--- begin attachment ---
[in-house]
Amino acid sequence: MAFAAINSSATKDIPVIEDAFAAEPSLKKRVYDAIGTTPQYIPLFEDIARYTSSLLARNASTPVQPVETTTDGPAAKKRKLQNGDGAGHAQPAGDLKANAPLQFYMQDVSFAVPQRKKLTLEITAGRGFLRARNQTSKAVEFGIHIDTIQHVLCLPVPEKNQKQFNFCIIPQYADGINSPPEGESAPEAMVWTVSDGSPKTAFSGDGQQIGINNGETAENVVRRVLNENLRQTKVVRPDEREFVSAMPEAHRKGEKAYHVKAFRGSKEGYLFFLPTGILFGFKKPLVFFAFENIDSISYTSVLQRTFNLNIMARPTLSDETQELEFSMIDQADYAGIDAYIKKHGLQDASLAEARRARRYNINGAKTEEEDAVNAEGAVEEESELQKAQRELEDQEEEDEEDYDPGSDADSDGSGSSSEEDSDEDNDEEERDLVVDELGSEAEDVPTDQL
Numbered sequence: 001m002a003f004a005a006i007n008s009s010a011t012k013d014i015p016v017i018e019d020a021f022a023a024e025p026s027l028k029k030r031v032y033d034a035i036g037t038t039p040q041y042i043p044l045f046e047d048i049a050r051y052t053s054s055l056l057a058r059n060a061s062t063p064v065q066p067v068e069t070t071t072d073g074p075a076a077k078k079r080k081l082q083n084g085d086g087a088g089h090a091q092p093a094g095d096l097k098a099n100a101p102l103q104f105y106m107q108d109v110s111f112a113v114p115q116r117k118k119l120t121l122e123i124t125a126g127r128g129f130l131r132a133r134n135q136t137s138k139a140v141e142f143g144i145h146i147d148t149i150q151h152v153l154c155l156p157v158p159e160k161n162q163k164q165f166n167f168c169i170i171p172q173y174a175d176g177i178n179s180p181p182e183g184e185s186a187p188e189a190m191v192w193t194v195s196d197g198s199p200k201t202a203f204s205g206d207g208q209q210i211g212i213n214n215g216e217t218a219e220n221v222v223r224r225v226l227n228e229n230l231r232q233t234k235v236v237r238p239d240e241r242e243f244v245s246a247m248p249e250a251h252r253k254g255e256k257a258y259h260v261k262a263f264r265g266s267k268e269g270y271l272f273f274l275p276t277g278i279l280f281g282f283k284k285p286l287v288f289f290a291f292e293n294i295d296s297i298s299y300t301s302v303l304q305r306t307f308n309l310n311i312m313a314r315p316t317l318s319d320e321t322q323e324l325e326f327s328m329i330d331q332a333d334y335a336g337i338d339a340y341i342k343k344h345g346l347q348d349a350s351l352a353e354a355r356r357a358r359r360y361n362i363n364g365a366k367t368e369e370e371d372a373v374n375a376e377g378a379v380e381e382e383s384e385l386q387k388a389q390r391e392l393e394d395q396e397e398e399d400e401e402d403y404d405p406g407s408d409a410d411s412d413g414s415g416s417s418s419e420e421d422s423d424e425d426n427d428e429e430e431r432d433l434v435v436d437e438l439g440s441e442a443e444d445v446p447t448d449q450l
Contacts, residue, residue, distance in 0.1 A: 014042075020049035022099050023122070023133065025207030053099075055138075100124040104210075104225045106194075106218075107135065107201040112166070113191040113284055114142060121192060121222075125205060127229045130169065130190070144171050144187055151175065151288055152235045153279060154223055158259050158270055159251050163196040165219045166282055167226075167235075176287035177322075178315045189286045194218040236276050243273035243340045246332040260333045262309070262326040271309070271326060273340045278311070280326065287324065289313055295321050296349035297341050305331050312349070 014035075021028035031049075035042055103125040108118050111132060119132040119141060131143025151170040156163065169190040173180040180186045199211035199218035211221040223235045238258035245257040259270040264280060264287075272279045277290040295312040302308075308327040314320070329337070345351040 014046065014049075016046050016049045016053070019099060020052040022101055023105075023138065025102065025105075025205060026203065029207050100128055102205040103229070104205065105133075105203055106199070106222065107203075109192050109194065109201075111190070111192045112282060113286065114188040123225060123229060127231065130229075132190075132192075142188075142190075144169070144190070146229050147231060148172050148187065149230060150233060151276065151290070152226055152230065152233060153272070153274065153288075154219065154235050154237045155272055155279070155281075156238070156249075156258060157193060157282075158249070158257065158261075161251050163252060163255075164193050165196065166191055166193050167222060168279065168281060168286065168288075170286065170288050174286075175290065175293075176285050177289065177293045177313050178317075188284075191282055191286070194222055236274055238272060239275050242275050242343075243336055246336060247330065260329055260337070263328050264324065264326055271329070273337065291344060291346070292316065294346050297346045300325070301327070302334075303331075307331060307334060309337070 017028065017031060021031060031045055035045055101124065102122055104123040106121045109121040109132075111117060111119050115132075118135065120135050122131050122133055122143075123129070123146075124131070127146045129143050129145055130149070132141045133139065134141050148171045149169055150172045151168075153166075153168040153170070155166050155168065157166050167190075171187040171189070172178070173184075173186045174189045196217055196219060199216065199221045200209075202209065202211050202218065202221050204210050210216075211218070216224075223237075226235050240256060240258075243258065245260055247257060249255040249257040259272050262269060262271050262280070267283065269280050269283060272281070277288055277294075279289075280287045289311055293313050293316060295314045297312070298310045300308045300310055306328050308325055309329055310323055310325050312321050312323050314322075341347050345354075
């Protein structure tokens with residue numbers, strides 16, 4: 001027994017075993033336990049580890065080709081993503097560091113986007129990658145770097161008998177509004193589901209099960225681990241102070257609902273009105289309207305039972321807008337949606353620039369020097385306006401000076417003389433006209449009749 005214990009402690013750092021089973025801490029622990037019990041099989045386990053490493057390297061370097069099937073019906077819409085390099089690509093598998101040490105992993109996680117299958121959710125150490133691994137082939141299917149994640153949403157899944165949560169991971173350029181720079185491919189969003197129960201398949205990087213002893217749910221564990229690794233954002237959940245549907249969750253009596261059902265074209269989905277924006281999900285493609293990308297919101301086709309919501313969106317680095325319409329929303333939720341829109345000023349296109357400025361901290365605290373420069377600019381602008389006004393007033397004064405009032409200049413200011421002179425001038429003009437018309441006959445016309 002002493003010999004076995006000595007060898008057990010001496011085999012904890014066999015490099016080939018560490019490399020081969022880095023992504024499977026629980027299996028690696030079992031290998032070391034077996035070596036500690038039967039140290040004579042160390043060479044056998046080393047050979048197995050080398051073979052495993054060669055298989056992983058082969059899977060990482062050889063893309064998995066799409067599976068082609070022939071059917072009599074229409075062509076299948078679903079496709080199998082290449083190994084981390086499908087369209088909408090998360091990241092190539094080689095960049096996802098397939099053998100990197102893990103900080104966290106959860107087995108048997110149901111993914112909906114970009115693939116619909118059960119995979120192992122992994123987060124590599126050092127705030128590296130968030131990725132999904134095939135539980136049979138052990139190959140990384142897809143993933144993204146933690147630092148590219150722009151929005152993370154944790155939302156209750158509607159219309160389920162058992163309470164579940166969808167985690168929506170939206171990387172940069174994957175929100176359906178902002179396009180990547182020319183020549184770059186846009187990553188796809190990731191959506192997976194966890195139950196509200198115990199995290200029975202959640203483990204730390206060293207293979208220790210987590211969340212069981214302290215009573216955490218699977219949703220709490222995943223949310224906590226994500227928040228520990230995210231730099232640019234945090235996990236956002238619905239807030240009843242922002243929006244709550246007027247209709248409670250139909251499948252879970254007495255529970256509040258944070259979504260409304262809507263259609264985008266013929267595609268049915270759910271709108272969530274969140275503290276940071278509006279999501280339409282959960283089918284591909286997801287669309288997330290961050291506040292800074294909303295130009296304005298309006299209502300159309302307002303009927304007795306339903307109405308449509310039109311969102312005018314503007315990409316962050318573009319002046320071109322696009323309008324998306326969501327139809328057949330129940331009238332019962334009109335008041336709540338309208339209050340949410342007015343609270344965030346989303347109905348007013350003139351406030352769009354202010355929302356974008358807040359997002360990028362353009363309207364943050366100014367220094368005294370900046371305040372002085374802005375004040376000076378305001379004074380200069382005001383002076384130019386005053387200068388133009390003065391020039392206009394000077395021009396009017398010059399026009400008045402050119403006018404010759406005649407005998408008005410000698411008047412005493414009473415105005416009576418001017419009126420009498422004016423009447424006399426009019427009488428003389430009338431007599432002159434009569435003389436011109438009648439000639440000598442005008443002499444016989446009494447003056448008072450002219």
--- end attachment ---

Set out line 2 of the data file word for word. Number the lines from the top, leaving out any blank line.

Amino acid sequence: MAFAAINSSATKDIPVIEDAFAAEPSLKKRVYDAIGTTPQYIPLFEDIARYTSSLLARNASTPVQPVETTTDGPAAKKRKLQNGDGAGHAQPAGDLKANAPLQFYMQDVSFAVPQRKKLTLEITAGRGFLRARNQTSKAVEFGIHIDTIQHVLCLPVPEKNQKQFNFCIIPQYADGINSPPEGESAPEAMVWTVSDGSPKTAFSGDGQQIGINNGETAENVVRRVLNENLRQTKVVRPDEREFVSAMPEAHRKGEKAYHVKAFRGSKEGYLFFLPTGILFGFKKPLVFFAFENIDSISYTSVLQRTFNLNIMARPTLSDETQELEFSMIDQADYAGIDAYIKKHGLQDASLAEARRARRYNINGAKTEEEDAVNAEGAVEEESELQKAQRELEDQEEEDEEDYDPGSDADSDGSGSSSEEDSDEDNDEEERDLVVDELGSEAEDVPTDQL